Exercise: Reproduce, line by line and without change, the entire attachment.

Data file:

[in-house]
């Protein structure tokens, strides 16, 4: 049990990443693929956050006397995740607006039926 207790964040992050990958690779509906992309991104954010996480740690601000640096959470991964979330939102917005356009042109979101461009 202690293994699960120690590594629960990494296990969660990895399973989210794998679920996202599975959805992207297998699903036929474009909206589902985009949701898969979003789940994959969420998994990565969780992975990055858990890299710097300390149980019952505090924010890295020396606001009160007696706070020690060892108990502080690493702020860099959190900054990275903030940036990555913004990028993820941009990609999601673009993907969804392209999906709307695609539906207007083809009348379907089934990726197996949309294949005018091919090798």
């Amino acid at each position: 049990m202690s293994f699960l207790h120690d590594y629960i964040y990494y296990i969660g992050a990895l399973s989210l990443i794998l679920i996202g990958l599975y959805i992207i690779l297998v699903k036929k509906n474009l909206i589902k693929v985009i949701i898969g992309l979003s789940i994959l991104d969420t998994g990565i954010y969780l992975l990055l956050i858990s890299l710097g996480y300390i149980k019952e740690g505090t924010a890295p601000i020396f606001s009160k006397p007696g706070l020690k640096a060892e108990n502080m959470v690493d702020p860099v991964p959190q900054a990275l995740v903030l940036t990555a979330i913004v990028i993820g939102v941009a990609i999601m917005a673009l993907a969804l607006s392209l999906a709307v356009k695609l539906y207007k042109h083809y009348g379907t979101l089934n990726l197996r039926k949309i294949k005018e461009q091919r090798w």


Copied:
[in-house]
């Protein structure tokens, strides 16, 4: 049990990443693929956050006397995740607006039926 207790964040992050990958690779509906992309991104954010996480740690601000640096959470991964979330939102917005356009042109979101461009 202690293994699960120690590594629960990494296990969660990895399973989210794998679920996202599975959805992207297998699903036929474009909206589902985009949701898969979003789940994959969420998994990565969780992975990055858990890299710097300390149980019952505090924010890295020396606001009160007696706070020690060892108990502080690493702020860099959190900054990275903030940036990555913004990028993820941009990609999601673009993907969804392209999906709307695609539906207007083809009348379907089934990726197996949309294949005018091919090798």
């Amino acid at each position: 049990m202690s293994f699960l207790h120690d590594y629960i964040y990494y296990i969660g992050a990895l399973s989210l990443i794998l679920i996202g990958l599975y959805i992207i690779l297998v699903k036929k509906n474009l909206i589902k693929v985009i949701i898969g992309l979003s789940i994959l991104d969420t998994g990565i954010y969780l992975l990055l956050i858990s890299l710097g996480y300390i149980k019952e740690g505090t924010a890295p601000i020396f606001s009160k006397p007696g706070l020690k640096a060892e108990n502080m959470v690493d702020p860099v991964p959190q900054a990275l995740v903030l940036t990555a979330i913004v990028i993820g939102v941009a990609i999601m917005a673009l993907a969804l607006s392209l999906a709307v356009k695609l539906y207007k042109h083809y009348g379907t979101l089934n990726l197996r039926k949309i294949k005018e461009q091919r090798w």